+44 (0)1273 732 888
Five email mistakes that will lose you customers
Author : Rob Ashton
Posted : 12 / 02 / 16
My email to the tech startup about the app I was using to manage my time hadn’t been a complaint – far from it. I’d actually written to tell them how pleased I was with their software. ‘I’m really impressed,’ I’d said. ‘If you ever need a testimonial for your marketing, just say the word.’
Yet the response was as cold as it was perfunctory. They simply said they would bear that in mind. That was that.
It was a small thing, but they turned a raving fan into someone who, if not exactly disgruntled, would think twice about recommending them to friends and colleagues. Subconsciously, my love for their product began to lose its lustre and when the time came round to renew my subscription, I didn’t.
Clumsy handling of positive feedback is perhaps the least obvious way to mess up an email to a customer – even though it risks losing you the people you most want to keep, those who will spread the word for you.
Email can often be an inefficient medium. And this is made worse by the fact that we write messages as if the recipient was privy to our thought processes – or at least the facial expressions they’d see if we were speaking to them in person.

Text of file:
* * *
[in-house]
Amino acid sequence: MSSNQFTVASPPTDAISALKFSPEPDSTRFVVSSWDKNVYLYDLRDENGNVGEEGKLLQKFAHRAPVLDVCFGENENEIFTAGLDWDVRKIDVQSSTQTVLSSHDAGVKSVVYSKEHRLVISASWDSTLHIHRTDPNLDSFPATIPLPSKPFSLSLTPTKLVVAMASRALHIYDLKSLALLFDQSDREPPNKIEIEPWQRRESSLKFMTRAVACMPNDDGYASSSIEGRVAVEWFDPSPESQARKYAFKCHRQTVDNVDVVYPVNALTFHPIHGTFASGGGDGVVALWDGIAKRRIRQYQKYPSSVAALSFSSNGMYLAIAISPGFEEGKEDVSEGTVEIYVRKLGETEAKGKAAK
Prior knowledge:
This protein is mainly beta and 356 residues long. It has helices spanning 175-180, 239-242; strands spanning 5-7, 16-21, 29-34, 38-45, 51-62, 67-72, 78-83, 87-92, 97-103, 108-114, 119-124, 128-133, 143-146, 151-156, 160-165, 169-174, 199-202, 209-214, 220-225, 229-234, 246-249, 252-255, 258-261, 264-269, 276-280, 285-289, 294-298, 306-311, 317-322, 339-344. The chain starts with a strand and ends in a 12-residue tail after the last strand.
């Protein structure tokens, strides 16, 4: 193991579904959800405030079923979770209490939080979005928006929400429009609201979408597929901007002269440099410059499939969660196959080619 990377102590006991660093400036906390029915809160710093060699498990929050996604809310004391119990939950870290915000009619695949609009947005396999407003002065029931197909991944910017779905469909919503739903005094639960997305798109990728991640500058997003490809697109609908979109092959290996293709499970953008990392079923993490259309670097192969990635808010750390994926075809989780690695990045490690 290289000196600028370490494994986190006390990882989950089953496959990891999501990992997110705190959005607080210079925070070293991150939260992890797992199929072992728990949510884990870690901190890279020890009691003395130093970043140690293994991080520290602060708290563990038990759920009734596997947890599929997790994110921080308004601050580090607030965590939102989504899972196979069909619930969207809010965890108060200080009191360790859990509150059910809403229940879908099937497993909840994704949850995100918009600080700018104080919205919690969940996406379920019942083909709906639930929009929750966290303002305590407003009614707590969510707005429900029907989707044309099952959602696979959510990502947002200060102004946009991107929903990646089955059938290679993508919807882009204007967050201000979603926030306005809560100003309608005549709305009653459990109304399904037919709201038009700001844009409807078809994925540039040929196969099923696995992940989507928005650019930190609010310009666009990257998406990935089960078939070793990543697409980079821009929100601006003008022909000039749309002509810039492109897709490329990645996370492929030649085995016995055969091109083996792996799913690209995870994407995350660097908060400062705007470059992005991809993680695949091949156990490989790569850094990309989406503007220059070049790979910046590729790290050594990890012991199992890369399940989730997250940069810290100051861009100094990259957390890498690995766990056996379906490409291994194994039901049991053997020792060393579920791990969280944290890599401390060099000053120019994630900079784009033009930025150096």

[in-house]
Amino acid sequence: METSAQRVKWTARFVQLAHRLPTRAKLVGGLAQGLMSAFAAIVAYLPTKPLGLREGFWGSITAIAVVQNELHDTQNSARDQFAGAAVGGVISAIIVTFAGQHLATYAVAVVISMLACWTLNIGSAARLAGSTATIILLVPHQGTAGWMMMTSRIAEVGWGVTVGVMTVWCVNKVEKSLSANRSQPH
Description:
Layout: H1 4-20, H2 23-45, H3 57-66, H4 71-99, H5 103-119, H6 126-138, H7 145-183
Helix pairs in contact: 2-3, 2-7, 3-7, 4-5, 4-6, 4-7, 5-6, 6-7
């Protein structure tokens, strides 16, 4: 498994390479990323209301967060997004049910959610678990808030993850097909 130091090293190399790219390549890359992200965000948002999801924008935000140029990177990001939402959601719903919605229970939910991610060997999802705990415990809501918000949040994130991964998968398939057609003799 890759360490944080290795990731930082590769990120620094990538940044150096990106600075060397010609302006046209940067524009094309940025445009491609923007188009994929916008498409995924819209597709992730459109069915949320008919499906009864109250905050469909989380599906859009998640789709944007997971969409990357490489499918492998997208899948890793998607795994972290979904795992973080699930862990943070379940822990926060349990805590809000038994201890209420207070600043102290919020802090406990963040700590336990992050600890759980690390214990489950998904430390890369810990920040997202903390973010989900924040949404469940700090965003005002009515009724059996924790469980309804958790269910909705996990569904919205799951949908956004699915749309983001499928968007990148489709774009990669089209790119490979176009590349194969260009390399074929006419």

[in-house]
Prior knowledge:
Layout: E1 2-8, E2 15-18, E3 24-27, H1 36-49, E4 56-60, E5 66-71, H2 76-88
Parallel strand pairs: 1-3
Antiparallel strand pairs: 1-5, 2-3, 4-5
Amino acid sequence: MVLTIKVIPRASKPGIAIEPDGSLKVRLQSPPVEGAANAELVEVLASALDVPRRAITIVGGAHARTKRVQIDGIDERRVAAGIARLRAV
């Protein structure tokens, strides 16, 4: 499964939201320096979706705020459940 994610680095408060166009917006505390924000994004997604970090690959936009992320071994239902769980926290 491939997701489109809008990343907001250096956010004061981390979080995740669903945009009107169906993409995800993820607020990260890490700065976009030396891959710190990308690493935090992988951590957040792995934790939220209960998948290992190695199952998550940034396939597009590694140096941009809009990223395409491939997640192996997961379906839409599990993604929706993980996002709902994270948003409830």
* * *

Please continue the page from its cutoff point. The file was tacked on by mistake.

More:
But there is a lot you can do to keep the convenience of email while minimising the risks. Here is my list of the five most common email mistakes businesses make – and how you can avoid them:
As my example shows, failing to respond in kind jars. If someone is informal and friendly in their email, reply in the same tone. After all, if a customer greets you in person with a friendly smile, you reciprocate. Likewise, if they adopt a more formal approach, match it.
Call me sensitive, but I always feel a little knocked back if I address someone with a ‘Hi [name]’ or ‘Dear …’, only to get a reply starting simply with ‘Rob’. Email is a hybrid of the memo and the phone call. As such, we’re still not quite sure what conventions to adopt, but politeness should be a given. Similarly, it’s safest to address customers the way they address you.
How you sign off is equally important , so don’t be in too much of a hurry to add your name and press send. Again, match the customer’s tone and level of formality. ‘Kind regards’ or ‘Best regards’ are both good. But if they’ve written ‘Cheers’, so can you. If you’re writing the first email and you’ve never spoken to the customer before, start off fairly formally – you can always adopt a chattier tone later if they do.
I must admit, I’m puzzled by the rise of signing off with just ‘Best’. Best what? It makes me wonder what the recipient does with the time they save by leaving their sign-off half finished.
Remember, email is just another way to communicate with a fellow human being. You still need to strive for some kind of connection. Writing an email is a lot more than getting something off your to-do list. It’s a human connection to someone spending their money with you.
Emails that run to three screens seldom get the response the writer wants. At best, they confuse matters; at worst, they’re ignored. Keep to one screen if you can.